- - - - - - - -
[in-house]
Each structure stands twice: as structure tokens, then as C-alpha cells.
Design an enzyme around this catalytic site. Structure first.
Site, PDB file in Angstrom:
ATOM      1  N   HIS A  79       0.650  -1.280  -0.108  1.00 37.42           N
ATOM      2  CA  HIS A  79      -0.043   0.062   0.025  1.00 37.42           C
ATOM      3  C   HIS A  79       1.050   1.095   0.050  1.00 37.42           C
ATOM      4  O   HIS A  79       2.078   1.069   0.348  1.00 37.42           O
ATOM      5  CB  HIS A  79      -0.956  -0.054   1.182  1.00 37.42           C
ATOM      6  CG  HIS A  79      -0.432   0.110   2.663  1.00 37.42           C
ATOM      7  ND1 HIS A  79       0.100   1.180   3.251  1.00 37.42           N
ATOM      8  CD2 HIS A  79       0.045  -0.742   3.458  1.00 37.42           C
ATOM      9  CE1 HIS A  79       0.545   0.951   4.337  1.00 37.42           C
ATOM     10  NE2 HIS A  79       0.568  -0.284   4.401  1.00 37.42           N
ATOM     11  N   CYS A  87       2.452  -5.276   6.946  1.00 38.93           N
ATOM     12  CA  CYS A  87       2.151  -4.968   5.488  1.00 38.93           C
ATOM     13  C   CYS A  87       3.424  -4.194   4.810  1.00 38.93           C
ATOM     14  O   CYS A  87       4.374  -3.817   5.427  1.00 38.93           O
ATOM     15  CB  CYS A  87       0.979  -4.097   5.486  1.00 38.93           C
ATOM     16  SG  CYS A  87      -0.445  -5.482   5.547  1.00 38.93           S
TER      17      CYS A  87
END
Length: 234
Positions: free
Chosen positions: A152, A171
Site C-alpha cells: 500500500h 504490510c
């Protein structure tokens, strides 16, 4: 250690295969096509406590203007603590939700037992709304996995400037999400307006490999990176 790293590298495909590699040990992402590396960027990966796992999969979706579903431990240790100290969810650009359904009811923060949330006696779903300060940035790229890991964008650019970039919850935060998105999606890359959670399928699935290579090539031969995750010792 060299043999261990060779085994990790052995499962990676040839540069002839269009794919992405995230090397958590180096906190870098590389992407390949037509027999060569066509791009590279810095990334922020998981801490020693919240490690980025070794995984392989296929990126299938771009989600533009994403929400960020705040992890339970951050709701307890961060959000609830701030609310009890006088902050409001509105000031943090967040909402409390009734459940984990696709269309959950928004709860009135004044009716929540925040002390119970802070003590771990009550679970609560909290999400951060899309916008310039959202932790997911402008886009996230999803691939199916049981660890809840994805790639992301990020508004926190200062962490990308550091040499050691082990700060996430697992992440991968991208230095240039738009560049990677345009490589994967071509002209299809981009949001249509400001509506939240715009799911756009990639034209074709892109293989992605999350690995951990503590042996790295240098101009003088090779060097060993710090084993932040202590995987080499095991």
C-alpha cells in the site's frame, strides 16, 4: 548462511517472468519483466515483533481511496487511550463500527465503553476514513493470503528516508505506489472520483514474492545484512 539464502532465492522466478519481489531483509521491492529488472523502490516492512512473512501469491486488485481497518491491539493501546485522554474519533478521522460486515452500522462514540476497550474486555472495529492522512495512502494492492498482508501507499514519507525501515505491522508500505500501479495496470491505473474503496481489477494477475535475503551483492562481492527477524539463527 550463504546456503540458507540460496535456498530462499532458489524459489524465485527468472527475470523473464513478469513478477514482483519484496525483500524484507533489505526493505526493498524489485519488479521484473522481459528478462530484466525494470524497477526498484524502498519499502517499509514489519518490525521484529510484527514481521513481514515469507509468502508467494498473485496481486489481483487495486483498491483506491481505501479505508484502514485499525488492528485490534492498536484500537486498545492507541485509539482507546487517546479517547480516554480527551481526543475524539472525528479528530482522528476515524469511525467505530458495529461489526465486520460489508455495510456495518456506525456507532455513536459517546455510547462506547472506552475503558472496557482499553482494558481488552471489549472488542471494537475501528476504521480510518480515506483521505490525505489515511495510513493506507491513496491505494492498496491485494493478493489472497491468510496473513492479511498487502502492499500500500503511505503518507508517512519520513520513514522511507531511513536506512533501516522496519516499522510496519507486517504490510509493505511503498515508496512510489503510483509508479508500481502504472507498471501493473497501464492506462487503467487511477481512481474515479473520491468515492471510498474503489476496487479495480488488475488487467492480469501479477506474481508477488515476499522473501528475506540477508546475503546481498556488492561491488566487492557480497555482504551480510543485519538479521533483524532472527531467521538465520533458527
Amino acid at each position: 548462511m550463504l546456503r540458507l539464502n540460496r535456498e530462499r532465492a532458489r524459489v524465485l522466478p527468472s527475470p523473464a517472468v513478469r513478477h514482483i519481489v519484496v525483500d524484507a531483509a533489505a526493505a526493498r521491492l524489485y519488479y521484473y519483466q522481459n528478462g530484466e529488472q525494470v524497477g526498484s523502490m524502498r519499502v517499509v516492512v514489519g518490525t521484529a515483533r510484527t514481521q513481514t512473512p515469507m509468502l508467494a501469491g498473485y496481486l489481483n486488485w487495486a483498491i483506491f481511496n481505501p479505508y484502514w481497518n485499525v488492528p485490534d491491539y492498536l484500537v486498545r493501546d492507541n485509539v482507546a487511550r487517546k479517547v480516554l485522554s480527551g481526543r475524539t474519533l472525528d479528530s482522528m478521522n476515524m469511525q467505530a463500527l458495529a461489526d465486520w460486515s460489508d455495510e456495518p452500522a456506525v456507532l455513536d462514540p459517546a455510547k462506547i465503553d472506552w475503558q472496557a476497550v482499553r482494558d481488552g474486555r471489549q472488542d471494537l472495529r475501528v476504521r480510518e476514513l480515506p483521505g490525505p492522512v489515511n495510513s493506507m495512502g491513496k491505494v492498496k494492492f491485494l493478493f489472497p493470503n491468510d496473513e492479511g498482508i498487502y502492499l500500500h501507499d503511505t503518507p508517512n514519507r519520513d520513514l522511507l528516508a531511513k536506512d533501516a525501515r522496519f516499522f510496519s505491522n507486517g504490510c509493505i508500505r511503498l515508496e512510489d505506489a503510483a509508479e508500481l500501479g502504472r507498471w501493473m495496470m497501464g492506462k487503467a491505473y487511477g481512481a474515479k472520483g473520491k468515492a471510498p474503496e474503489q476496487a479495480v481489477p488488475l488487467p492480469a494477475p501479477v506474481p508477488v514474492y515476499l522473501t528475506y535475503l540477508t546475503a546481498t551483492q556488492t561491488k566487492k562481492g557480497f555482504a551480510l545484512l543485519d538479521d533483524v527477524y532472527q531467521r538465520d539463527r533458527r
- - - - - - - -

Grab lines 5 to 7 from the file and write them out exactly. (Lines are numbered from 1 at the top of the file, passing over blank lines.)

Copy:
ATOM      1  N   HIS A  79       0.650  -1.280  -0.108  1.00 37.42           N
ATOM      2  CA  HIS A  79      -0.043   0.062   0.025  1.00 37.42           C
ATOM      3  C   HIS A  79       1.050   1.095   0.050  1.00 37.42           C